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Cat Rescue as a Means to Make Merit
By Amy Cayton
In 2007, I had a huge karmic upheaval, mostly manifesting in my body. Among other things where karma had run out for me, I was no longer so able to travel through the FPMT world giving trainings as my form of service to Lama Zopa Rinpoche.
“Uh-oh,” I thought. I interpreted my situation to mean that following purification, I needed to create merit. How would I do this since many of my former avenues of merit-making were no longer open to me? Perhaps, as life was pointing to a less active way of “showing up,” I could spend more time meditating. The only problem was that mental focus was one of the many things that had suddenly shifted and become elusive.
As my last aged cat approached his death, people encouraged me to not contract – meaning no more cats – but to expand – meaning helping more cats. So in 2010, a whole world opened up; I adopted two girl kittens from a woman who introduced me to animal rescue. The foster mother of many cats, she needed help caring for them all, and so I became – no kidding – a “cuddler.”
When I eventually saw Rinpoche, I suggested maybe it was OK for me now to see a few people in my role as therapist and then try to help some sentient being of the cat variety. Rinpoche gave me some advice about practices for really helping the kitties, and since then, cat cuddling according to Rinpoche’s instructions has been a huge part of my practice.
For example, I have to practice avoiding attachment; in other words, these aren’t “my” cats. I have to practice equanimity, which means that every cat deserves exposure to holy objects, mantras, blessed water, compassion, patience, life, and catnip – not just the charming kitties. I must meditate to keep myself sharp to be most helpful. I must remember emptiness and that only a blink ago these cats were human beings and should be treated as such. I see karma visibly in play as cats that appear darling to me are not adopted while cats I see as challenging fly out the door to new homes.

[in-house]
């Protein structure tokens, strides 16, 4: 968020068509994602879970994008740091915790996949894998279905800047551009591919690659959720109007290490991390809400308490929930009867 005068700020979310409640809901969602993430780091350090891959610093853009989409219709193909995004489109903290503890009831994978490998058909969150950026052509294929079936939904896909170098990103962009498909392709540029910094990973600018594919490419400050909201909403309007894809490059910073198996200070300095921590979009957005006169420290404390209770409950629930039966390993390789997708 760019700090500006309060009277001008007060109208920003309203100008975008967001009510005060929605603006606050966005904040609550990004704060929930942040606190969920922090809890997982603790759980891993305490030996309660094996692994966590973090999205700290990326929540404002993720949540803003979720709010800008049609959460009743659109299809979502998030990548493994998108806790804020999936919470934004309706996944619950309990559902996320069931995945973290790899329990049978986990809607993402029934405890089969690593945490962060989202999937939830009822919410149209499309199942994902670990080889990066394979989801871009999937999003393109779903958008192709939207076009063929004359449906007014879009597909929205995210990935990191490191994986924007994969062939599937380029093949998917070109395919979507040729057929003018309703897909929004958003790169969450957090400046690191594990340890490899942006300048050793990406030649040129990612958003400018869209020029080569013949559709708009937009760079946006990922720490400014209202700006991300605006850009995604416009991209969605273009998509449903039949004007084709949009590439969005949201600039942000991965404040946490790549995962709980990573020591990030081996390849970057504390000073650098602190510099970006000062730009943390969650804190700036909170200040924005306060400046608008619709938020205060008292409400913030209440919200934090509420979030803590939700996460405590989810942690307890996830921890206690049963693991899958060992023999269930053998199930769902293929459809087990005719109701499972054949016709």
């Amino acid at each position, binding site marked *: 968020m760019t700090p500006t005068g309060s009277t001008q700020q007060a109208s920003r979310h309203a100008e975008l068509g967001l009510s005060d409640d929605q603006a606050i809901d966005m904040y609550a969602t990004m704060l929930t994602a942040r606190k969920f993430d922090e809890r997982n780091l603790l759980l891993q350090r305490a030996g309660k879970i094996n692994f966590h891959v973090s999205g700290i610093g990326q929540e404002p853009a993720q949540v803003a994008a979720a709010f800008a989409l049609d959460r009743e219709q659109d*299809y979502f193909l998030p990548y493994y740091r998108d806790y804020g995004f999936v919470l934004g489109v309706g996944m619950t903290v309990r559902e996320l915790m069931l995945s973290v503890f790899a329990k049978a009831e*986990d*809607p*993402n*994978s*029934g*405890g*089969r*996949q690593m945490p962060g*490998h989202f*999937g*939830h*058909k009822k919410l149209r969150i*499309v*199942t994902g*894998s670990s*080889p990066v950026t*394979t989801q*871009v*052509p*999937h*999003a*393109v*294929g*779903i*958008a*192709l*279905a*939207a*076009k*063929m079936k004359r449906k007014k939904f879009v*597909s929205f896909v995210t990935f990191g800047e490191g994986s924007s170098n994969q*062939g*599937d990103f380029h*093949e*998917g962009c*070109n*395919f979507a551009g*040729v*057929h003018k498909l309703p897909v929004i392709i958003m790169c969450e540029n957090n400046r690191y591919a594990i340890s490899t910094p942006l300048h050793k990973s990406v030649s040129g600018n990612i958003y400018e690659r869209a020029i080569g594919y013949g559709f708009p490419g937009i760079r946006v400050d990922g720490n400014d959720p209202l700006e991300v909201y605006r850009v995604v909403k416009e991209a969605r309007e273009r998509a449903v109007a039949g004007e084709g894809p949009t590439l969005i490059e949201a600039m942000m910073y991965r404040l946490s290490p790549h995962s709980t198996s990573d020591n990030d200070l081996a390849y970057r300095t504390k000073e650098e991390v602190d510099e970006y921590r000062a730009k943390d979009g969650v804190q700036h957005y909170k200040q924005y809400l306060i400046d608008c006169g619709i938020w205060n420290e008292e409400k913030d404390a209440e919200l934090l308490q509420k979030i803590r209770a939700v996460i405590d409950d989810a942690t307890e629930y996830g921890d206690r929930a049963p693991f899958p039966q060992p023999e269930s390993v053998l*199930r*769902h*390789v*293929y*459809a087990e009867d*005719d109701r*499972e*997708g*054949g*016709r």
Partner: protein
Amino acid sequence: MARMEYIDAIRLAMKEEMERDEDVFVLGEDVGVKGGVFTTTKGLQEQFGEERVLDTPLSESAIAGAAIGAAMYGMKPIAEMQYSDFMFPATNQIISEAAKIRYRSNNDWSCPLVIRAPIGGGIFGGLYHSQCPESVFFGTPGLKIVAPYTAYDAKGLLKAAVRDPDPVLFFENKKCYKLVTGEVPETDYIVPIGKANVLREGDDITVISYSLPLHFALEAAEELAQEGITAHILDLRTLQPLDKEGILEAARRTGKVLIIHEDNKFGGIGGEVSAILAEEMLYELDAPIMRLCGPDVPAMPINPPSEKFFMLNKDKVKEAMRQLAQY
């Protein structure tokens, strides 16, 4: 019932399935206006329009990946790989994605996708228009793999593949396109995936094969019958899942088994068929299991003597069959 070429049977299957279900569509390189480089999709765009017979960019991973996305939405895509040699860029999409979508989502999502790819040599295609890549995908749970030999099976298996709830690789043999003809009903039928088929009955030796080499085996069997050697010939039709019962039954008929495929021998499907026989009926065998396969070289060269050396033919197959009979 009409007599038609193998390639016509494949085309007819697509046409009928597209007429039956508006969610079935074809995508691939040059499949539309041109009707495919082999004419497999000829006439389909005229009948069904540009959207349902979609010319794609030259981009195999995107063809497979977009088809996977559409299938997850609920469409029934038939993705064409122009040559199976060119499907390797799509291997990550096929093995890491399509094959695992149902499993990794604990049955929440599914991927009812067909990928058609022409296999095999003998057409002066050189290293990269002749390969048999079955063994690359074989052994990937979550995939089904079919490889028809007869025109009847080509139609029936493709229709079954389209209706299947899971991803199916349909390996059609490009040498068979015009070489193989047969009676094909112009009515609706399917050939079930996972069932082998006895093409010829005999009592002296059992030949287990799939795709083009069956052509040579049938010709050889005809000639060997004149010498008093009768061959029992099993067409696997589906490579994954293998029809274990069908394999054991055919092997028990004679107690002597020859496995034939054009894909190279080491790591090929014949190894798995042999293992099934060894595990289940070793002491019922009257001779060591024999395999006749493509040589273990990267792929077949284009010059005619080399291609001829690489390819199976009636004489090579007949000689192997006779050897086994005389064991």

There is a significant interdependence between the kindness I receive from the cats and what they receive from me and the way we all come together – cats and volunteers. Volunteers remove the cats marked for immediate death in shelters and put them in safety. Then the cats are rehabilitated from the rough circumstances and karma that brought them to us – a kind of bardo – until their next home is found.
Doing this work has been a hugely effective way to see my mind and my projections. I can catch my mind so much more quickly with animals than I do with people, with whom I might believe my story about them for too long.
If you need a non-cushion practice, please consider adopting one of our kitties at Purebreds Plus if you are in California, Nevada, or Oregon in the United States. Consider supporting a shelter or animal rescue in your area. I wish you the same satisfaction in your service as I have in mine.
You can read more about Amy Cayton’s work with Purebreds Plus in the Santa Cruz Sentinel.
Amy has been a student of Lama Zopa Rinpoche’s since 1996. She has completed several retreats with Rinpoche and has offered service in a number of ways, including working as a consultant to the FPMT Education Services Service Seminars, being a house helper to Ribur Rinpoche, serving as FPMT North America Regional Coordinator, and most recently providing cat refuge and rehabilitation. Amy works as a psychotherapist and coach. She endeavors to be a better Buddhist and a better human. She lives with and around her Cayton family in the Santa Cruz, California, area.
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- Advice on Caring for Mother
- Achieving Realizations of the Path
- His Holiness Completes Ninth Australian Tour
- ‘One Day in Service to His Holiness Is a Life Well Spent’: His Holiness the Dalai Lama in Melbourne 2013
- Identifying the Object of Negation
- His Holiness the Dalai Lama in New Zealand
- The Exemplary Life and Death of Geshe Yeshe Tobden
- The Sera Connection: An Interview with José Cabezón
- The Greatest Honor: Becoming a Rik Chung
- A Spiritual Journey to Tsum
- Sera Je Food Fund’s Dramatic Impact on the Monks of Sera Je Monastery
- Cat Rescue as a Means to Make Merit
- Alison Kaye Harr
- The Sera Je Food Fund
- Land of Joy: An Interview with Andy Wistreich
- ‘A Transforming Experience in a Completely Unexpected Way’: Masters Program Students Near End of Studies at Istituto Lama Tzong Khapa
- ‘Only Birds and Crickets to Distract the Mind’: First Retreat in the New Gompa at De-Tong Ling
- Ideas on Self-Acceptance and Bringing Dharma to the Community: An Interview with Alan Carter
- ‘I Realized That My Life Couldn’t Be the Same Again’
- Meet Geshe Lobsang Kunchen
- Complexities of Tibetan Culture Past and Present: Five Book Reviews
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Mandala Publications is the official publication of the Foundation for the Preservation of the Mahayana Tradition (FPMT), an international charitable organization founded by two Tibetan Buddhist masters, Lama Thubten Yeshe (1935-1984) and Lama Thubten Zopa Rinpoche. FPMT is a vibrant international community, with a network of 160 affiliate centers, projects and services, and members in more than 30 countries.
Mandala print magazine is published in January, April, July and October. Mandala is available via the Friends of FPMT program.